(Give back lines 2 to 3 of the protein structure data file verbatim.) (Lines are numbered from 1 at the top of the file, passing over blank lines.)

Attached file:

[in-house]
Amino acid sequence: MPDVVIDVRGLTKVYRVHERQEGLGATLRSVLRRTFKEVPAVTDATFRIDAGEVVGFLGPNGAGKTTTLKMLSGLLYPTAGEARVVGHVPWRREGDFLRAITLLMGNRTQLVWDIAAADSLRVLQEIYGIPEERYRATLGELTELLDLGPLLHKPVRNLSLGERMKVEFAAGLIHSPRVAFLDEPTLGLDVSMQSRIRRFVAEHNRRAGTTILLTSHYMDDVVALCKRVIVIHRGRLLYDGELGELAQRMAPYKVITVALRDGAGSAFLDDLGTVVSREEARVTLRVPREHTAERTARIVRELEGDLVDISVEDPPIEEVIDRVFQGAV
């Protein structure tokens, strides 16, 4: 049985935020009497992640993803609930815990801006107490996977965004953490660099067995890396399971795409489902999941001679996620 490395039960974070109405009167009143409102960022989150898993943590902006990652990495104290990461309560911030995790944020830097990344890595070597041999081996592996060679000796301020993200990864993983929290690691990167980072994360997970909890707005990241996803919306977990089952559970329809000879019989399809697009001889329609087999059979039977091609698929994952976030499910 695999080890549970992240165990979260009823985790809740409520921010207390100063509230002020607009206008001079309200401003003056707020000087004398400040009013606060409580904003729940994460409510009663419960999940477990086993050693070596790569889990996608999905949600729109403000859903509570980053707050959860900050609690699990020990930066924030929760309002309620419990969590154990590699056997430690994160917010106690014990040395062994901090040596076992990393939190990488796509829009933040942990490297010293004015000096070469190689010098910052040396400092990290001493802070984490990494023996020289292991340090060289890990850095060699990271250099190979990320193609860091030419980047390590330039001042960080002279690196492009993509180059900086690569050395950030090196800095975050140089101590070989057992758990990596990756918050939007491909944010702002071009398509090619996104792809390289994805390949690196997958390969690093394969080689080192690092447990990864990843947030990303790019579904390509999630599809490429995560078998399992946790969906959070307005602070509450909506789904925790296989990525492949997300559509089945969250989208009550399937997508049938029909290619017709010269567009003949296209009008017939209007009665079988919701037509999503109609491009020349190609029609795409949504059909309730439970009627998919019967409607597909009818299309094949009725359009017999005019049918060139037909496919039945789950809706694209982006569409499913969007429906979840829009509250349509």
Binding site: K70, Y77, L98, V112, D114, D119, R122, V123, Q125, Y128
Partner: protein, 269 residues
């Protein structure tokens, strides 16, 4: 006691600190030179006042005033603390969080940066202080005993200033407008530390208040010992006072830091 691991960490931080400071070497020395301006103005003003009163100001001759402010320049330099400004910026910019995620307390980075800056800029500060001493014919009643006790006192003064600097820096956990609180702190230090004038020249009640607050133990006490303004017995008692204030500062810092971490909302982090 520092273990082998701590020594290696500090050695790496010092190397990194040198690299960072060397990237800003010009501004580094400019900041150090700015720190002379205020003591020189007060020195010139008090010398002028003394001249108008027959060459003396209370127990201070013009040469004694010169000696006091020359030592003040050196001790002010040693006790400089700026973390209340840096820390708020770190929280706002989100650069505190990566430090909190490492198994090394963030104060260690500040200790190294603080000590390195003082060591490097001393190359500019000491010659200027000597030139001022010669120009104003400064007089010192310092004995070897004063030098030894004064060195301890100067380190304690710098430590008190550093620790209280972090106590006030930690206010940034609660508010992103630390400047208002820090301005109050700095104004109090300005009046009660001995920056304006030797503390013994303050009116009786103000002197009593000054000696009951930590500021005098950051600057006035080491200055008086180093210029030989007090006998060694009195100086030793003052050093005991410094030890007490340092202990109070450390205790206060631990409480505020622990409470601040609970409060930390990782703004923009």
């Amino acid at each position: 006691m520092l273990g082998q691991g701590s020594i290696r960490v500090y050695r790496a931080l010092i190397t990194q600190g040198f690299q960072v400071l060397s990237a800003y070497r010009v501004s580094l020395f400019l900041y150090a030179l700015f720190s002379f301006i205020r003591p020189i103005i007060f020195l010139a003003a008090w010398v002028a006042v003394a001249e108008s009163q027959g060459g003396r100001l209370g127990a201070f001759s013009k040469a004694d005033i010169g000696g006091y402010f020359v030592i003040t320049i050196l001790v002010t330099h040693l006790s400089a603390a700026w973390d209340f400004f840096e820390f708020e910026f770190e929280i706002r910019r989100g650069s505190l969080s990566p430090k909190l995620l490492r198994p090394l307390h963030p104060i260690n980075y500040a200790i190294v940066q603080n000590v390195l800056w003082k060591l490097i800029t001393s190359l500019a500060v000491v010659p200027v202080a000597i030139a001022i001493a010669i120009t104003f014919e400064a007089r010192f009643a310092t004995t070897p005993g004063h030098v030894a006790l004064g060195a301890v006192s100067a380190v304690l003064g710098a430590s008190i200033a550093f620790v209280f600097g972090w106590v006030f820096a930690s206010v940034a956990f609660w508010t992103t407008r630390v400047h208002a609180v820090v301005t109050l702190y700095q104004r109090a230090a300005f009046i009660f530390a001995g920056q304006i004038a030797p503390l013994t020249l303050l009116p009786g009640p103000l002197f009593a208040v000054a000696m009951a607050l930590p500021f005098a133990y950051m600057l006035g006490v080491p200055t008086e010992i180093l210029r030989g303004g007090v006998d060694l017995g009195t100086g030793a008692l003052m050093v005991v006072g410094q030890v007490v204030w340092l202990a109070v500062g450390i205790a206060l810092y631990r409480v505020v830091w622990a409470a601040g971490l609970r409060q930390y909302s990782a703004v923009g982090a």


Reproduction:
Amino acid sequence: MPDVVIDVRGLTKVYRVHERQEGLGATLRSVLRRTFKEVPAVTDATFRIDAGEVVGFLGPNGAGKTTTLKMLSGLLYPTAGEARVVGHVPWRREGDFLRAITLLMGNRTQLVWDIAAADSLRVLQEIYGIPEERYRATLGELTELLDLGPLLHKPVRNLSLGERMKVEFAAGLIHSPRVAFLDEPTLGLDVSMQSRIRRFVAEHNRRAGTTILLTSHYMDDVVALCKRVIVIHRGRLLYDGELGELAQRMAPYKVITVALRDGAGSAFLDDLGTVVSREEARVTLRVPREHTAERTARIVRELEGDLVDISVEDPPIEEVIDRVFQGAV
């Protein structure tokens, strides 16, 4: 049985935020009497992640993803609930815990801006107490996977965004953490660099067995890396399971795409489902999941001679996620 490395039960974070109405009167009143409102960022989150898993943590902006990652990495104290990461309560911030995790944020830097990344890595070597041999081996592996060679000796301020993200990864993983929290690691990167980072994360997970909890707005990241996803919306977990089952559970329809000879019989399809697009001889329609087999059979039977091609698929994952976030499910 695999080890549970992240165990979260009823985790809740409520921010207390100063509230002020607009206008001079309200401003003056707020000087004398400040009013606060409580904003729940994460409510009663419960999940477990086993050693070596790569889990996608999905949600729109403000859903509570980053707050959860900050609690699990020990930066924030929760309002309620419990969590154990590699056997430690994160917010106690014990040395062994901090040596076992990393939190990488796509829009933040942990490297010293004015000096070469190689010098910052040396400092990290001493802070984490990494023996020289292991340090060289890990850095060699990271250099190979990320193609860091030419980047390590330039001042960080002279690196492009993509180059900086690569050395950030090196800095975050140089101590070989057992758990990596990756918050939007491909944010702002071009398509090619996104792809390289994805390949690196997958390969690093394969080689080192690092447990990864990843947030990303790019579904390509999630599809490429995560078998399992946790969906959070307005602070509450909506789904925790296989990525492949997300559509089945969250989208009550399937997508049938029909290619017709010269567009003949296209009008017939209007009665079988919701037509999503109609491009020349190609029609795409949504059909309730439970009627998919019967409607597909009818299309094949009725359009017999005019049918060139037909496919039945789950809706694209982006569409499913969007429906979840829009509250349509």